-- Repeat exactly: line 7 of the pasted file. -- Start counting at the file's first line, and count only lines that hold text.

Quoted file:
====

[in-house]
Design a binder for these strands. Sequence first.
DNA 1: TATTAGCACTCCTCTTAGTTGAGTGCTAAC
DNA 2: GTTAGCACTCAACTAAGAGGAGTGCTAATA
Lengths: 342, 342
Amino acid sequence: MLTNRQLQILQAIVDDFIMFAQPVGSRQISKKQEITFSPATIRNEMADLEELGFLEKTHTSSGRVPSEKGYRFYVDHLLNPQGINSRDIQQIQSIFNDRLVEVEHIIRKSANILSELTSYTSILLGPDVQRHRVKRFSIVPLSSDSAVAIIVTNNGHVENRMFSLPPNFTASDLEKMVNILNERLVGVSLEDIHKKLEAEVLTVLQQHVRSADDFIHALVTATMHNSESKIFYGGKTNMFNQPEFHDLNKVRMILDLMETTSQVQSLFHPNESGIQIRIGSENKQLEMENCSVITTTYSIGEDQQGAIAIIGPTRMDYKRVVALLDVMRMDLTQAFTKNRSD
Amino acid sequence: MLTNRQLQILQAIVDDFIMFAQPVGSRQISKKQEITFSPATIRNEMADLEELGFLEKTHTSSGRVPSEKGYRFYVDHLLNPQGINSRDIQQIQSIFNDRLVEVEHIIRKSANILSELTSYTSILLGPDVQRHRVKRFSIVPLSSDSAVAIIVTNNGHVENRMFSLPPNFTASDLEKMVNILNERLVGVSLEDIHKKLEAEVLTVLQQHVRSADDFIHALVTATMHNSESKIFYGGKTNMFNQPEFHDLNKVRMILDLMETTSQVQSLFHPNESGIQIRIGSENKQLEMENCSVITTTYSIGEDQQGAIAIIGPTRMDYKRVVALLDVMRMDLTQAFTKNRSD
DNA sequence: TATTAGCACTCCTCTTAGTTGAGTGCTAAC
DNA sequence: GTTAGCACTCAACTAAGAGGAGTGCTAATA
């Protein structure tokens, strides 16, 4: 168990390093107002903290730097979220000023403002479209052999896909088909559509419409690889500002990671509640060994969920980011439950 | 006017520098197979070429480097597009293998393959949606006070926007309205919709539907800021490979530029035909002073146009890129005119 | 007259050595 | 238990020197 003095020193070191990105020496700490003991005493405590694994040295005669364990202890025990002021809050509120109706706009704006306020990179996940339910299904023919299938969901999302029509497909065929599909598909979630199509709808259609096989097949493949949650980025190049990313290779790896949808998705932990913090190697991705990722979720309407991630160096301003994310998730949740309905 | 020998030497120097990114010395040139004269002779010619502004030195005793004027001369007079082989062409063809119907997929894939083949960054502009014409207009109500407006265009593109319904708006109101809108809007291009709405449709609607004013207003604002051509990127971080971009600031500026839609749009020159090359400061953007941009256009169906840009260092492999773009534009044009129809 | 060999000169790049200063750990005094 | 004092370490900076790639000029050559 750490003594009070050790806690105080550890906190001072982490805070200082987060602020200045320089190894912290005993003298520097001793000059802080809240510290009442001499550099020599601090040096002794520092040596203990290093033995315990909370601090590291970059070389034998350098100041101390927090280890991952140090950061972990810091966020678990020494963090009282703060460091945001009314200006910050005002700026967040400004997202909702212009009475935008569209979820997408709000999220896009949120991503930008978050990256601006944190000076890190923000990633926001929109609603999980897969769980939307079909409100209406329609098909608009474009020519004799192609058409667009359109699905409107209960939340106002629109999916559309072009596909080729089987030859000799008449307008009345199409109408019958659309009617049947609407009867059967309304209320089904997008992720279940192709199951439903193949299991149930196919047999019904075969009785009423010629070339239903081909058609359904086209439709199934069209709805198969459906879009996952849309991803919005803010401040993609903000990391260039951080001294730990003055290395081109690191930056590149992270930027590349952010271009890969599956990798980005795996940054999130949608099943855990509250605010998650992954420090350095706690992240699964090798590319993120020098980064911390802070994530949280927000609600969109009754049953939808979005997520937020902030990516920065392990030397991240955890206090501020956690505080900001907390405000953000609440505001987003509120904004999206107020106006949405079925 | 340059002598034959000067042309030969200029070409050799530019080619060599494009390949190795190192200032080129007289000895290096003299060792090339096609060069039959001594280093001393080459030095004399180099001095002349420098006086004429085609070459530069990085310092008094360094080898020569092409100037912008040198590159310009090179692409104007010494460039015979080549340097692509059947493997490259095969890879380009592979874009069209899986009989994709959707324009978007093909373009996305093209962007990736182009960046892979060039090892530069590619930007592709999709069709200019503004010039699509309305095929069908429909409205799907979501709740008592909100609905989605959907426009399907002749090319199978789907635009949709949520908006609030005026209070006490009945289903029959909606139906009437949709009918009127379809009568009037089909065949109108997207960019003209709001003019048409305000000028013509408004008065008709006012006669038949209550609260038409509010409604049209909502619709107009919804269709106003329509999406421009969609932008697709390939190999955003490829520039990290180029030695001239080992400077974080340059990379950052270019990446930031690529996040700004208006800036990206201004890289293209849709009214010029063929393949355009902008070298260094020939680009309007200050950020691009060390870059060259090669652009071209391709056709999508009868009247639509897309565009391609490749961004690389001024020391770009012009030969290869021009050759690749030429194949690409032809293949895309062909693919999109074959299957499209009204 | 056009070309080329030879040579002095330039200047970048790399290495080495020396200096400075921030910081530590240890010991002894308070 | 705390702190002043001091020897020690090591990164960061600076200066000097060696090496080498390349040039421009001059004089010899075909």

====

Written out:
Amino acid sequence: MLTNRQLQILQAIVDDFIMFAQPVGSRQISKKQEITFSPATIRNEMADLEELGFLEKTHTSSGRVPSEKGYRFYVDHLLNPQGINSRDIQQIQSIFNDRLVEVEHIIRKSANILSELTSYTSILLGPDVQRHRVKRFSIVPLSSDSAVAIIVTNNGHVENRMFSLPPNFTASDLEKMVNILNERLVGVSLEDIHKKLEAEVLTVLQQHVRSADDFIHALVTATMHNSESKIFYGGKTNMFNQPEFHDLNKVRMILDLMETTSQVQSLFHPNESGIQIRIGSENKQLEMENCSVITTTYSIGEDQQGAIAIIGPTRMDYKRVVALLDVMRMDLTQAFTKNRSD